Point Blank is as disposable as a feature-length episode of TV’s 24: The movie is all adrenaline and excitement, and it doesn’t really stay with you. Just try to tear your eyes away while you’re watching it, though. Cavayé’s previous film, Pour elle (Anything for Her), was remade by Hollywood last year as The Next Three Days, with Russell Crowe. Chances are good that Point Blank, too, will generate an English-language counterpart. There’s no need to wait for that, however, when the genuine article is available right now.

Friday, January 20, 2012

Memos from Pete

Memo to all-Americans: Guv. Hair has given up on his misguided presidential quest. You can sleep peacefully tonight.

Memo to Texas Rangers fans: Sorry. I can’t get all that excited by the signing of the hurling Darvish. Maybe if one — just one — of these Japanese pitching phenoms had become an ace on a MLB staff I could be more optimistic. But the signing of a Japanese pitcher is as thrilling to me as staying at a Holiday Inn where a Japanese pop singer is featured in the lounge. Which reminds me: What has happened to the Japanese film industry? It used to produce some of the best movies in the world.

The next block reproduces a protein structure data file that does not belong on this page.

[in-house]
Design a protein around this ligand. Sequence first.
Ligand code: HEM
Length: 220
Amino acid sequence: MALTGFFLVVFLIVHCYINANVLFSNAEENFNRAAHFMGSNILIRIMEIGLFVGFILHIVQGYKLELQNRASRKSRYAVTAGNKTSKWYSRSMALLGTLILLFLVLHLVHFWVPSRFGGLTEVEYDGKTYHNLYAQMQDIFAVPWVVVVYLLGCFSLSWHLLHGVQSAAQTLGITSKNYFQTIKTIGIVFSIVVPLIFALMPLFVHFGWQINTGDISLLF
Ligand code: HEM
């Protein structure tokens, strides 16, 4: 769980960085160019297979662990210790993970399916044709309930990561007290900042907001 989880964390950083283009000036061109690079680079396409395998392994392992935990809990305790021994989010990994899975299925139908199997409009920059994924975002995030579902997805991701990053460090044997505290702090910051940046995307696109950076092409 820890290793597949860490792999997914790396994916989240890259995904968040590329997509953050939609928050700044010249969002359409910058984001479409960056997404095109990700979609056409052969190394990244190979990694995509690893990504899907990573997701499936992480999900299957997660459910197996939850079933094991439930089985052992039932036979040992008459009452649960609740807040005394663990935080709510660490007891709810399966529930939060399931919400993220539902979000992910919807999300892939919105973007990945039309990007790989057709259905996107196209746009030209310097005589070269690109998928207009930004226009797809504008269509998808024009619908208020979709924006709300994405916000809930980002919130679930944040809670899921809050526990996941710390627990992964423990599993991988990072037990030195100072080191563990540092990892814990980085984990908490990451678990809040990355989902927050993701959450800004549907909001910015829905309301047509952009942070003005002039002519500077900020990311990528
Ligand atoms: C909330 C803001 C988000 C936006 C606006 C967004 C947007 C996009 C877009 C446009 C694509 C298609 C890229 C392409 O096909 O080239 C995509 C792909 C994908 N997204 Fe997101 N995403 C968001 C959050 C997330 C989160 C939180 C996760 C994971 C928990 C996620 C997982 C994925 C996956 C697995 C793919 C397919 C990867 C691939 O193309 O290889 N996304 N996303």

Memo to Municipal Judge Phyllis Lister Brown: If your paycheck comes from the City of Dallas, then you are an employee of the City of Dallas, not the state of Texas. Step down from your judgeship while running in a partisan election and quit your whining.

Memo to Dallas residents: Might as well accept the fact you live in a city, an urban environment. And chickens are not welcomed in the yards of urban environments. Want chickens in your back yard. Move to Howe. It’s just south of Sherman. I used to work there and, trust me, it’s just the place for having chickens in the backyard. Dallas? University Park? Not so much.

Memo to Jerry Jones: You are little more than two cornerbacks away from having a Super Bowl contending team. Sign a top-notch free agent cornerback (there will be a couple available) and use your first draft pick to get second one. Voila! Instant fix.

Memo to those interested in this weekend’s NFL playoffs: I’m thinking we’re about to have a replay of Super Bowl XLII — one of the most entertaining of these usually non-entertaining events ever, the one in which the New York Giants beat the previously undefeated New England Patriots 17-14. This time, however, I don’t think it will be that close.

Wednesday, January 18, 2012

Available on DVD: “The Guard”

Don Cheadle and Brendan Gleeson in The Guard
For the f-word in heavy, conventional rotation, rent the DVD of The Change-Up. Which is another way of saying there's not much reason to watch The Change-Up, unless you're an unusually big fan of Ryan Reynolds or Jason Bateman. But for the same word in heavy, unconventional and often very funny usage, in a disarming black comedy set in County Galway, Ireland, feast your ears on the sweetly profane dialogue of writer-director John Michael McDonagh as heard in The Guard.